Dillard wants to train students in water management, preparing them for crucial jobs in La.
By: Wilborn P. Nobles III | NOLA.com | The Times-Picayune | 8/8/2018
Dillard University students will have an opportunity to prepare for water management jobs in government agencies and the private industry in a new program being established this fall, the university announced.
Dillard stated its Urban Water Management Certificate Program is the first and only program of its kind in Louisiana, according to a Dillard news release. The program is designed to teach students how to handle flooding from hurricanes, as well as stormwater management, sinkholes, and sinking land caused by subsidence. Students will also learn how to protect cities from water-borne illnesses by providing clean and safe water to residents.
Although it’s not a degree-seeking program, Dillard said the classes will count as general elective credits for any student regardless of their major. Students will earn the certificate by completing program activities and four courses, including the new Introduction to Urban Water Management and the new Urban Water Management Seminar. Dillard is also planning “to package” the program as a continuing studies program for those who work in fields such as urban planning, government, architecture, and structural engineering.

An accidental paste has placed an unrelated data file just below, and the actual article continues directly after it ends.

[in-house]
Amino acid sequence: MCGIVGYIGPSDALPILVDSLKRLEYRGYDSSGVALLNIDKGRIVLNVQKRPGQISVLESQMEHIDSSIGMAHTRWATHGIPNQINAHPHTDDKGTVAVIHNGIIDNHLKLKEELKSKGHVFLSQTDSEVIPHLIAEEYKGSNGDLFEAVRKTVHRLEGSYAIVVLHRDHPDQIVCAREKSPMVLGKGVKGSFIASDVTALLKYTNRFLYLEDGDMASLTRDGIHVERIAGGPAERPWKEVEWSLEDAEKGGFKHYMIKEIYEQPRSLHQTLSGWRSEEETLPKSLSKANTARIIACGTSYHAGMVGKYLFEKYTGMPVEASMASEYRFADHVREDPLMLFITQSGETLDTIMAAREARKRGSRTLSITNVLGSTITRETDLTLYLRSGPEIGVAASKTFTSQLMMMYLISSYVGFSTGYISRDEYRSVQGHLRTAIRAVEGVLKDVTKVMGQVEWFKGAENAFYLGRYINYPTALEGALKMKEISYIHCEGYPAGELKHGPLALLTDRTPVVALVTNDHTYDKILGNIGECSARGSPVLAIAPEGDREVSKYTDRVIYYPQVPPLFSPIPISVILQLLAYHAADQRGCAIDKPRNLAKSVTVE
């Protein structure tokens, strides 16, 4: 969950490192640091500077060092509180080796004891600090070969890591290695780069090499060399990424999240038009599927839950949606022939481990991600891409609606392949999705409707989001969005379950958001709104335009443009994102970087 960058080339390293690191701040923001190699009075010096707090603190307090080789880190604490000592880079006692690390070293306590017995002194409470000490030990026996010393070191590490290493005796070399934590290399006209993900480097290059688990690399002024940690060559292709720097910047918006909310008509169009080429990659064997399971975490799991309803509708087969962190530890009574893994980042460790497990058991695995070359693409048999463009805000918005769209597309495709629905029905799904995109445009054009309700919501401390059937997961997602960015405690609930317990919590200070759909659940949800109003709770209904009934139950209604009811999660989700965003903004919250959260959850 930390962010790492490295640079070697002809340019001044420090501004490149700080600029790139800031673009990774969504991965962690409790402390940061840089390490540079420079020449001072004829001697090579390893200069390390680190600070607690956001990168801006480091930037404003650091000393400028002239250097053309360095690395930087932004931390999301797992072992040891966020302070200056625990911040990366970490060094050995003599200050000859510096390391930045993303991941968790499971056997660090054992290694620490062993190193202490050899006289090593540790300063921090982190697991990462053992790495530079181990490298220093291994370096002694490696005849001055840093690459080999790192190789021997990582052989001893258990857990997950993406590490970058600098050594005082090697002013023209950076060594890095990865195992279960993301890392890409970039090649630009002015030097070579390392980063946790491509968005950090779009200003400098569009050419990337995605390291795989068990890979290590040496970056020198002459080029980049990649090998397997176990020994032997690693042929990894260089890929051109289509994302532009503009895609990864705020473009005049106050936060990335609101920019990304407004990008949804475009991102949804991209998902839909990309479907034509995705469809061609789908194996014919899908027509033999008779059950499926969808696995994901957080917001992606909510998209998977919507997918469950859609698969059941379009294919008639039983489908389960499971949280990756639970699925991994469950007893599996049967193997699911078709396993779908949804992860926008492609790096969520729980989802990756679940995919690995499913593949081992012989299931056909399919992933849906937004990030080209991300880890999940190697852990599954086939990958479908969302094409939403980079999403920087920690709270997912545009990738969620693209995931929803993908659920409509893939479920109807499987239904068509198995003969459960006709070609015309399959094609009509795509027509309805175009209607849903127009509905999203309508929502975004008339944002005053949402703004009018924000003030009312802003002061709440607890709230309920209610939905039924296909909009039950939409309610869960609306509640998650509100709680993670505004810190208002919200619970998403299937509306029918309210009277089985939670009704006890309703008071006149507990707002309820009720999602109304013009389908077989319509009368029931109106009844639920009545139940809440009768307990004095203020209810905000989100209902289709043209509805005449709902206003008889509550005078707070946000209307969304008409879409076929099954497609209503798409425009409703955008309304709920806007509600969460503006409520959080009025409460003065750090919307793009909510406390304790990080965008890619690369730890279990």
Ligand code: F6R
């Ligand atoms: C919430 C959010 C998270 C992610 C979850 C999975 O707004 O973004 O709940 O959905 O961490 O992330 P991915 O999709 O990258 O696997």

The program will be directed by Dillard’s Urban Studies & Public Policy Program advisors. Dillard stated the certificate program came about after “brainstorming” with Greater New Orleans, Inc. to find areas where Dillard could offer something that aligns with the workforce needs of the region.
Dillard stated water management will be among the top six growth industries over the next 10 years. The industry currently employs 34,350 people, and Dillard stated 14,000 job openings will need to be filled going forward. In a statement, Dillard’s Urban Studies & Public Policy professor Robert Collins said the program will help put New Orleans “on the cutting-edge” of the nationwide Urban Water Management industry.
“Right now, there are no training programs focused the unique challenges of the Gulf Coast region, so we know there is both a need and a market for this program,” Collins said.
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